Carroll volunteers impress natural resources chief

October 23, 1992|By Mary Gail Hare | Mary Gail Hare,Staff Writer

Torrey C. Brown, secretary of the state Department of Natural Resources, was impressed with all the park sites he toured yesterday in Carroll County.

But he said he was most impressed with the county's volunteerism.

"The people and how much they are willing to give to this work is outstanding," he said. "I have seen volunteers helping with every imaginable part of the environment."

When Dr. Brown arrived at Hashawha Environmental Appreciation Center, the last stop of his two-day tour, he saw volunteerism in action: Six South Carroll High students and their teacher, Robert Foor-Hogue, were planting trees as a buffer for the center's wetlands.

"Our science research class really latched onto this project," said senior Charlene Barnes.

In about an hour, the students had planted 16 hardwood trees, provided by Maryland TREEmendous program, and were still hard at work with picks and shovels, trying to get 25 white pines in the ground.

"This soil is so hard," said Donna Baker, a state forester. "It made the planting even harder."

"Not hard work, just dirty," said junior Kim Crown.

Lisa Peltier said she is eager to see how the trees fare this winter. She plans to check them when she returns as a counselor in the spring.

"This work is the best thing we can do, and it shouldn't be cut out," said Dr. Brown.

Dr. Brown also saw an exhibit that detailed the school's efforts to save wetlands near their Winfield campus. Similar projects have been successful statewide, he said.

"We created 8 more acres of wetlands than we lost or damaged last year, and there has been no net loss with new development," he said. "Our standard is first avoid, then minimize, and finally mitigate."

Developers must replace every wetlands acre that is lost to development by as many as 3 more, he said.

"Their dollars go into the fund that helps build wetlands like this," he said, pointing to the acreage around the center.

"We work with builders and have cut back by 80 percent on wetlands that might have been used. Sometimes, it's just a matter of suggesting the building be moved from one place to another."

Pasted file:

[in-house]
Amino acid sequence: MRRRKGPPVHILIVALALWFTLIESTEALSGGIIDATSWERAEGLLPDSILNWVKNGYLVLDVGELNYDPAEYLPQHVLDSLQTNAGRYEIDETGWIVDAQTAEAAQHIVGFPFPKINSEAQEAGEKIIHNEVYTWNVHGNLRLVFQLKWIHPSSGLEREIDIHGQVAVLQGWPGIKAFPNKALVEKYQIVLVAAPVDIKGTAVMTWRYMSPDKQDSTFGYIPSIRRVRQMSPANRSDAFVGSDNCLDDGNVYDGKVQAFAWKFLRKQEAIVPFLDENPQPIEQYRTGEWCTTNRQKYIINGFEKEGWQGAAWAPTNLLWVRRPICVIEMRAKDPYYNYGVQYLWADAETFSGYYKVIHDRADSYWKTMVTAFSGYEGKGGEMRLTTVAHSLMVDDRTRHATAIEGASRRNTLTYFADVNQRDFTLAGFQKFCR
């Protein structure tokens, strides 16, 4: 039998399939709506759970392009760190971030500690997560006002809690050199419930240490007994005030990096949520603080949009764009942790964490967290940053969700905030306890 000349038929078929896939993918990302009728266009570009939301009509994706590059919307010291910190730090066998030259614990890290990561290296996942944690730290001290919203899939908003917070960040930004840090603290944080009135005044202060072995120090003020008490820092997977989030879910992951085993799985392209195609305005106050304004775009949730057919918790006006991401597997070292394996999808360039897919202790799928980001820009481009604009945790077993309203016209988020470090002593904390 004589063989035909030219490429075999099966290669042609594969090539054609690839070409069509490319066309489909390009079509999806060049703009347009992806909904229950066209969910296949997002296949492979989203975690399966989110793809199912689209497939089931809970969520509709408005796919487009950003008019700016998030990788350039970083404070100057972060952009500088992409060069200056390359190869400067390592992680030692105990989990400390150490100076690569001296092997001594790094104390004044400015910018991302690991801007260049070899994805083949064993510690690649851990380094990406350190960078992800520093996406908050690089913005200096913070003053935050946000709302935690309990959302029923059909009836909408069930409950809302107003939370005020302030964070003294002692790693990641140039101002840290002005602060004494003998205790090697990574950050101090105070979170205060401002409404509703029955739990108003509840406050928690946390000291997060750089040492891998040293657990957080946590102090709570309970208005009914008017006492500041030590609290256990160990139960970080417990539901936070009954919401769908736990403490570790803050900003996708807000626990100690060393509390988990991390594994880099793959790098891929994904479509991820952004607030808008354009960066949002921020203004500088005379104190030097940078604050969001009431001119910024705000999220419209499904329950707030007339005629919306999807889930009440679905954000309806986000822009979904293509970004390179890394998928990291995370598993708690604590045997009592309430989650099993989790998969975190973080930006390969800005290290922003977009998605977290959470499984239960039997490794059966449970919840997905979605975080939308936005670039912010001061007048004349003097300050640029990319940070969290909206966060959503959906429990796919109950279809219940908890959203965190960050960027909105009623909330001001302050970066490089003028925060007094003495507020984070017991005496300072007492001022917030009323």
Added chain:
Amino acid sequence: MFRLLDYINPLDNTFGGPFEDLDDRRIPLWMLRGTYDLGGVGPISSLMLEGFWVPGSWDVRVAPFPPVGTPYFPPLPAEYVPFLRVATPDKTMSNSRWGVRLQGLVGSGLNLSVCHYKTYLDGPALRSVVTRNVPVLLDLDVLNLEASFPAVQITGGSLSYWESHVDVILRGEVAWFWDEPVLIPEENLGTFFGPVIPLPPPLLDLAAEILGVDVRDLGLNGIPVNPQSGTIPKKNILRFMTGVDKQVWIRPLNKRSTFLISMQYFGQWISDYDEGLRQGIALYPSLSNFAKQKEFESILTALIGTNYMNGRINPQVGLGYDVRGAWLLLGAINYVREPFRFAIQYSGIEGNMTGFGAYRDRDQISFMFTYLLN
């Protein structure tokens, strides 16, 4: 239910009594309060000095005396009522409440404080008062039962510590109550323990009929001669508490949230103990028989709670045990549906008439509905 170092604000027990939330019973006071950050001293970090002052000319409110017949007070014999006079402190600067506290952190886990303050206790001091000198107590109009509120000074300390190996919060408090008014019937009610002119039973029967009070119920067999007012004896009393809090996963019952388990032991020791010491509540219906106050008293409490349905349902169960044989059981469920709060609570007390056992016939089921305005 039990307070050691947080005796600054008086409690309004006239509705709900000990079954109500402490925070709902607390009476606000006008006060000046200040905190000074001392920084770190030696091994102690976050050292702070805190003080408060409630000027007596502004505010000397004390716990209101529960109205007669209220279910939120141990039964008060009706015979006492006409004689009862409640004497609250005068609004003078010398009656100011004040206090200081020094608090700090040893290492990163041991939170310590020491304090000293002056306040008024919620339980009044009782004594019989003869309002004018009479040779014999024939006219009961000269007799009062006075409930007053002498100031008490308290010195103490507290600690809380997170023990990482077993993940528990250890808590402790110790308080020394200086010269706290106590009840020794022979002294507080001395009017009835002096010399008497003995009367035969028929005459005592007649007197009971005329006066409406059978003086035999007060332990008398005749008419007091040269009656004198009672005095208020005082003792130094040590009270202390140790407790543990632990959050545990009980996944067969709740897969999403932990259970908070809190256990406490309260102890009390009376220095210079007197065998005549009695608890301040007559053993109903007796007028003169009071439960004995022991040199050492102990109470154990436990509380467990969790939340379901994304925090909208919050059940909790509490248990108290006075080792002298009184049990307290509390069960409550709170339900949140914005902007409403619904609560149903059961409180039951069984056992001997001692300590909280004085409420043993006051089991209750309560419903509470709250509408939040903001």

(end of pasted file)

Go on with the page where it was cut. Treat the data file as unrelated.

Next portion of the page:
From the wetlands site, the secretary trekked uphill to Bear Branch Nature Center, which was constructed partly with Planned Open Space (POS) money from the state.

"We have done everything to maximize the resources here," said John P. Little, the county's recreation and parks director. "We have volunteer labor and donations of plants, materials and equipment."

About 50 volunteers are to landscape the center tomorrow, he said.

"People use parks here and care for them," said Mr. Little. "We are doing the work ourselves, squeezing every dollar we can. This center is a good example of what POS money and volunteerism can do."

Dr. Brown said that he was glad to see what the county had done with its POS funds.

"I hope they don't cut it any more," he said. "I hope they put it back."

Naturalist Heather Davis pointed out several unique features of the center, including an "in-the-works" planetarium, which the Westminster Astronomical Society is making.

The center also will have a Children's Discovery Room and a Home Exhibit, complete with recycling information.

"This is exactly what people are always asking for," said Dr. Brown. "This nature center also fits in with all levels of school groups, even college programs."

Mr. Little said none of the work could have been accomplished without the nearly 5,000 residents who volunteer annually.

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